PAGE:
How do bacteria make decisions? Part 1.

PALM image, chemotaxis, azospirillum brasilense, <span title="ctx_ver=Z39.88-2004&rft_val_fmt=info%3Aofi%2Ffmt%3Akev%3Amtx%3Ajournal&rft_id=info%3Adoi%2F10.1371%2Fjournal.pbio.1000137&rft.atitle=Self-Organization+of+the+Escherichia+coli+Chemotaxis+Network+Imaged+with+Super-Resolution+Light+Microscopy.&rft.jtitle=PLoS+Biology&rft.volume=7&rft.issue=6&rft.spage=e1000137&;bpr3.tags=Research+%2F+Scholarship">Greenfield D. & et al  (2009). Self-Organization of the Escherichia coli Chemotaxis Network Imaged with Super-Resolution Light Microscopy., <span style="font-style:italic;">PLoS Biology, 7</span> (6) e1000137. DOI: <a rel="author" href="">10.1371/journal.pbio.1000137</a></span>
This beautiful figure shows where different chemotaxis proteins are found within an E. coli cell at stunning resolution. From Greenfield D, McEvoy AL, Shroff H, Crooks GE, Wingreen NS, et al. (2009) Self-Organization of the Escherichia coli Chemotaxis Network Imaged with Super-Resolution Light Microscopy. PLoS Biol 7(6): e1000137. doi:10.1371/journal.pbio.1000137

Yes. You read the title correctly. Decision making is not limited to animals like humans or birds. Bacteria also make decisions with intricate precision. Imagine being so tiny that you are literally moved by water molecules bumping into you. This is what bacteria encounter perpetually. Now, imagine having no eyes, no ears, no sense of touch, no taste or nose. How would you know what or who was around you? How would you find food now as compared to where you were a short time ago? This is where being able to sense important things like a food source is critical. Bacteria have this on their “mind” all the time. Depending on the size of a bacterium’s genome, these tiny organisms have the ability to sense hundreds to thousands of internal and external signals like carbon sources, nitrogen sources, and pH changes. If these bacteria are motile (able to move around), they can compare how conditions are for them now against how they were a few seconds ago. That’s right, bacteria have a memory albeit short. If conditions are better, they can continue to move in a forward direction. If conditions are worse compared to a few seconds earlier, they can change direction and continue searching for better conditions in their environment to generate energy. But, how do they decide?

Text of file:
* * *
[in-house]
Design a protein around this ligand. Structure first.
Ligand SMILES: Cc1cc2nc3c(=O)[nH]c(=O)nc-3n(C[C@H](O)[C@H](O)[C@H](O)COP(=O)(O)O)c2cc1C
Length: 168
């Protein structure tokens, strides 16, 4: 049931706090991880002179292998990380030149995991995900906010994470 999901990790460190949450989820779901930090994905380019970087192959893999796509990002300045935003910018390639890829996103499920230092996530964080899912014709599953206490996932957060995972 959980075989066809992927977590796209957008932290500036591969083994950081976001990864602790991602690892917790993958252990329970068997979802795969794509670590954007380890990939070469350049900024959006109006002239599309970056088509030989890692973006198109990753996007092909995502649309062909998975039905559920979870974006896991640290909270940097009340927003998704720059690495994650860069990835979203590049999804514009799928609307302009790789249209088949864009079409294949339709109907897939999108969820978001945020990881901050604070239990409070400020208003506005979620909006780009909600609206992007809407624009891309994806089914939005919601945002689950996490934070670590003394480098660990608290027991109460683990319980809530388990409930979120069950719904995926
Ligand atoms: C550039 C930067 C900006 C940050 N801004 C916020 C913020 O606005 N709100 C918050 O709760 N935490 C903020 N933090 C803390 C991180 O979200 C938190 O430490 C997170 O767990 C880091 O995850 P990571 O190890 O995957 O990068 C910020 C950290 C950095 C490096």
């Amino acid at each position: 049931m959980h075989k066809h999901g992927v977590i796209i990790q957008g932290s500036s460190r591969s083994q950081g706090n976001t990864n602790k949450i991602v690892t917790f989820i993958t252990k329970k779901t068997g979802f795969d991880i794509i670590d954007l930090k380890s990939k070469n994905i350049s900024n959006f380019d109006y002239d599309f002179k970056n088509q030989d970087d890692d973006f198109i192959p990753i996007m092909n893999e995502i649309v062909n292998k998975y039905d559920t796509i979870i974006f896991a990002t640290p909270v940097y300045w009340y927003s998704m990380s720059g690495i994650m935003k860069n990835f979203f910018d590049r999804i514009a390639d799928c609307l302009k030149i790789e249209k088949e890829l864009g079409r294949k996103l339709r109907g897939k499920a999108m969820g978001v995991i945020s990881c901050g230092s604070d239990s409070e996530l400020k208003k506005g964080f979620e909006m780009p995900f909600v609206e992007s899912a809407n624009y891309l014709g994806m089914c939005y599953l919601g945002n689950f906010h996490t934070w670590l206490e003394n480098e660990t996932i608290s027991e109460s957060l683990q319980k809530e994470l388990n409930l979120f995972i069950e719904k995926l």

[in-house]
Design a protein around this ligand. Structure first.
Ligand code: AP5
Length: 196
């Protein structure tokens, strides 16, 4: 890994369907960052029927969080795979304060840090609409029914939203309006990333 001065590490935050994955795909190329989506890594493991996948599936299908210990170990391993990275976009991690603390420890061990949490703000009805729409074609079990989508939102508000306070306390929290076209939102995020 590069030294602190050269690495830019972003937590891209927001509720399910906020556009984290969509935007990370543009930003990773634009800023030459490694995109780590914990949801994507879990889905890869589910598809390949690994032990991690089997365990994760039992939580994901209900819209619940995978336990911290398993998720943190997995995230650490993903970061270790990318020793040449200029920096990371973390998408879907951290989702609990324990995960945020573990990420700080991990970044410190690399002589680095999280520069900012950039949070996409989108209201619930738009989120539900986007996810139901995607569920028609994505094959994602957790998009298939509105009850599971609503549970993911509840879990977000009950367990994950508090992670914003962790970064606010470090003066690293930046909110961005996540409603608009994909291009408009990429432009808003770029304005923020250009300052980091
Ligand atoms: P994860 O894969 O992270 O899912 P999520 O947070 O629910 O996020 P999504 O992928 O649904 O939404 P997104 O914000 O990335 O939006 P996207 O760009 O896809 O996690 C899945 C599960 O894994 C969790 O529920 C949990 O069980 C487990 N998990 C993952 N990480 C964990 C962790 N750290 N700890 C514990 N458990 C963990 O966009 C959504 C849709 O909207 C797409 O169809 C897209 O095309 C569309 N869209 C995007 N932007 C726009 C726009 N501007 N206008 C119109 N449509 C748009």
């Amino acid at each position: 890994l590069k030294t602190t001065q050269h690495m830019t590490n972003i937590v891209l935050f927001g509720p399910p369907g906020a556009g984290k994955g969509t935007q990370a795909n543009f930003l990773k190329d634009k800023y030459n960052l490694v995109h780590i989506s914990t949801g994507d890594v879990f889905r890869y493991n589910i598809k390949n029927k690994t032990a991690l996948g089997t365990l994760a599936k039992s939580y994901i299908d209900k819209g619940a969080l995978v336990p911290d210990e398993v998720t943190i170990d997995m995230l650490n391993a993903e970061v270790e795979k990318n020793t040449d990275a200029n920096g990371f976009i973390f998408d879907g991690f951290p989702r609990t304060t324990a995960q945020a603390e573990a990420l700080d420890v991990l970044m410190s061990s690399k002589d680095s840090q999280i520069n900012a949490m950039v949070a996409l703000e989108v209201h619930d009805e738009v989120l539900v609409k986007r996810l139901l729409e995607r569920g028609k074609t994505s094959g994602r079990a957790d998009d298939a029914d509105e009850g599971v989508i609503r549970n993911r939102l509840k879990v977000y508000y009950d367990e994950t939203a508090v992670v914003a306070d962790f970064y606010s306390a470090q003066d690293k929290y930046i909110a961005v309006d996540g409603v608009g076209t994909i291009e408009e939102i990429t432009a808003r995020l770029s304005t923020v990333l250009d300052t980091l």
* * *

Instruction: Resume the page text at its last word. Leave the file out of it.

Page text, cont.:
I will focus on a lesser known bacterium as my example since I have the most knowledge about it. Azospirillum brasilense is found in the soil around the world and interacts with the roots of cereal plants like corn and wheat. A. brasilense is almost always (except when attached to plant roots) motile and searching for the best niche to provide energy for the cell. This bacterium can “make” its own usable form of nitrogen from nitrogen gas in the air through a process known as nitrogen fixation. This costs the cell a lot of energy so they are searching for nitrogen sources as well as the necessary carbon sources for life. The microscopic world can be cut throat. Having the ability to sense a greater variety of food compounds could mean the difference between being the predominant species in town or being on the fringe.

Back to the question about how these cells decide which direction to travel. One way is through a dedicated group of proteins that regulate how often the cell switches direction. This group of proteins control chemotaxis, the movement of a cell in response to chemicals within their environment. The number of chemotaxis genes varies depending on the complexity of metabolism for a bacterium. The champion at the moment is 129 from Pseudomonas syringae pv. oryzae str. 1_6. The proteins that actually sense the chemical signal are called methyl-accepting chemotaxis proteins (MCPs) or chemoreceptors. Azosprillum brasilense has 48 MCPs within its genome. This does not mean, however, that A. brasilense cells can only sense 48 different chemicals. Most, but not all, of these MCPs don’t interact with the chemicals themselves but sense the changes in the amount of energy the cell has within the environment they reside. If things are good, the MCPs are inactive. However, if energy levels are lower than they were a few seconds before, the MCPs become active and begin the signal to change direction. And these MCPs are VERY sensitive to changes. For example, if the A. brasilense cells are swimming in a liquid medium with 1,000 molecules of sugar, they will detect changes of addition or removal of a few sugar molecules in the medium. Now, move these cells immediately into a medium with 1,000,000,000,0000 sugar molecules and they still will be able to detect removal or addition of a few sugar molecules. This is called adaptation and allows the cells to remain sensitive no matter the concentrations of compounds they encounter.

In Part 2, we will talk about what happens next in the decision making process of bacteria.

<span title=”ctx_ver=Z39.88-2004&rft_val_fmt=info%3Aofi%2Ffmt%3Akev%3Amtx%3Ajournal&rft_id=info%3Adoi%2F10.1371%2Fjournal.pbio.1000137&rft.atitle=Self-Organization+of+the+Escherichia+coli+Chemotaxis+Network+Imaged+with+Super-Resolution+Light+Microscopy.&rft.jtitle=PLoS+Biology&rft.volume=7&rft.issue=6&rft.spage=e1000137&;bpr3.tags=Research+%2F+Scholarship”>Greenfield D. & et al  (2009). Self-Organization of the Escherichia coli Chemotaxis Network Imaged with Super-Resolution Light Microscopy., <span style=”font-style:italic;”>PLoS Biology, 7</span> (6) e1000137. DOI: <a rel=”author” href=”″>10.1371/journal.pbio.1000137</a></span&gt;


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